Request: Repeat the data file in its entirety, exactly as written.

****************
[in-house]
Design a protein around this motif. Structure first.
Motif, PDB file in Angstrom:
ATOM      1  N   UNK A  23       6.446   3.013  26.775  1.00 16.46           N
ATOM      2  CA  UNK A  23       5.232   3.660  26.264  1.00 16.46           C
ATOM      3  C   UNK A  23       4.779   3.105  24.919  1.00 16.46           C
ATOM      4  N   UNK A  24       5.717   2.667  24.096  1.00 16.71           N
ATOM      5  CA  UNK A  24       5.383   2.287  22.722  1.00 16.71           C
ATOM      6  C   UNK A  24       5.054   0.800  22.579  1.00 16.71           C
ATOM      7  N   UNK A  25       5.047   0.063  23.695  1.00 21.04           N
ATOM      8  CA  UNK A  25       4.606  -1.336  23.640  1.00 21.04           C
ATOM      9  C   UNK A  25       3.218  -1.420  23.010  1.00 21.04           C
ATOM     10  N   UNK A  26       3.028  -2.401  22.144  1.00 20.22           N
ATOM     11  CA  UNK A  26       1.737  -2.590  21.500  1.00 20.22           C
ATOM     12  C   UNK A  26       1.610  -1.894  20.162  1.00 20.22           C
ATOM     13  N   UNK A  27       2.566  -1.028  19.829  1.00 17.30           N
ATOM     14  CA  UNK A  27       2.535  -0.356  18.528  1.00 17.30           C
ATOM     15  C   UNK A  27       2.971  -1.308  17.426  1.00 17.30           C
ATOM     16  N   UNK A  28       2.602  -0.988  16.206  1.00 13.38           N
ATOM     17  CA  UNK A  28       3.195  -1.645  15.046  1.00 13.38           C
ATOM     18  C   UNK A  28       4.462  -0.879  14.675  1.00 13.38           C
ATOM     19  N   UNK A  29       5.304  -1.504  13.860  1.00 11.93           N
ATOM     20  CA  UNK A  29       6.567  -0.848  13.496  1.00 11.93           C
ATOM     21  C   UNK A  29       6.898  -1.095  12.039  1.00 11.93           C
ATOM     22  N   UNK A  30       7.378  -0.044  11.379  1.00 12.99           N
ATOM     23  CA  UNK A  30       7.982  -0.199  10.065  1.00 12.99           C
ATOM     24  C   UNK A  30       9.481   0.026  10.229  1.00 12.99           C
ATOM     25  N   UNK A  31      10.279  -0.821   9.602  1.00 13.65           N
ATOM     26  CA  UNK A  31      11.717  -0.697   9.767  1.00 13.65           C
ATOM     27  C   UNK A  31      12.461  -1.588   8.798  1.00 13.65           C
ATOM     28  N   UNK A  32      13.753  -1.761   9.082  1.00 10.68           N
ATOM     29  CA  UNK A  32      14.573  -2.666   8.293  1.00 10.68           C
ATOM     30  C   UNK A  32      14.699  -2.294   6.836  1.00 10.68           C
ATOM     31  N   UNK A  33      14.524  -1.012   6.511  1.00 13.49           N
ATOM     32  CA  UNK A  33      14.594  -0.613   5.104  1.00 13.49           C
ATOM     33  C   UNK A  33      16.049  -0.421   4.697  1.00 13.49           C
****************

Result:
[in-house]
Design a protein around this motif. Structure first.
Motif, PDB file in Angstrom:
ATOM      1  N   UNK A  23       6.446   3.013  26.775  1.00 16.46           N
ATOM      2  CA  UNK A  23       5.232   3.660  26.264  1.00 16.46           C
ATOM      3  C   UNK A  23       4.779   3.105  24.919  1.00 16.46           C
ATOM      4  N   UNK A  24       5.717   2.667  24.096  1.00 16.71           N
ATOM      5  CA  UNK A  24       5.383   2.287  22.722  1.00 16.71           C
ATOM      6  C   UNK A  24       5.054   0.800  22.579  1.00 16.71           C
ATOM      7  N   UNK A  25       5.047   0.063  23.695  1.00 21.04           N
ATOM      8  CA  UNK A  25       4.606  -1.336  23.640  1.00 21.04           C
ATOM      9  C   UNK A  25       3.218  -1.420  23.010  1.00 21.04           C
ATOM     10  N   UNK A  26       3.028  -2.401  22.144  1.00 20.22           N
ATOM     11  CA  UNK A  26       1.737  -2.590  21.500  1.00 20.22           C
ATOM     12  C   UNK A  26       1.610  -1.894  20.162  1.00 20.22           C
ATOM     13  N   UNK A  27       2.566  -1.028  19.829  1.00 17.30           N
ATOM     14  CA  UNK A  27       2.535  -0.356  18.528  1.00 17.30           C
ATOM     15  C   UNK A  27       2.971  -1.308  17.426  1.00 17.30           C
ATOM     16  N   UNK A  28       2.602  -0.988  16.206  1.00 13.38           N
ATOM     17  CA  UNK A  28       3.195  -1.645  15.046  1.00 13.38           C
ATOM     18  C   UNK A  28       4.462  -0.879  14.675  1.00 13.38           C
ATOM     19  N   UNK A  29       5.304  -1.504  13.860  1.00 11.93           N
ATOM     20  CA  UNK A  29       6.567  -0.848  13.496  1.00 11.93           C
ATOM     21  C   UNK A  29       6.898  -1.095  12.039  1.00 11.93           C
ATOM     22  N   UNK A  30       7.378  -0.044  11.379  1.00 12.99           N
ATOM     23  CA  UNK A  30       7.982  -0.199  10.065  1.00 12.99           C
ATOM     24  C   UNK A  30       9.481   0.026  10.229  1.00 12.99           C
ATOM     25  N   UNK A  31      10.279  -0.821   9.602  1.00 13.65           N
ATOM     26  CA  UNK A  31      11.717  -0.697   9.767  1.00 13.65           C
ATOM     27  C   UNK A  31      12.461  -1.588   8.798  1.00 13.65           C
ATOM     28  N   UNK A  32      13.753  -1.761   9.082  1.00 10.68           N
ATOM     29  CA  UNK A  32      14.573  -2.666   8.293  1.00 10.68           C
ATOM     30  C   UNK A  32      14.699  -2.294   6.836  1.00 10.68           C
ATOM     31  N   UNK A  33      14.524  -1.012   6.511  1.00 13.49           N
ATOM     32  CA  UNK A  33      14.594  -0.613   5.104  1.00 13.49           C
ATOM     33  C   UNK A  33      16.049  -0.421   4.697  1.00 13.49           C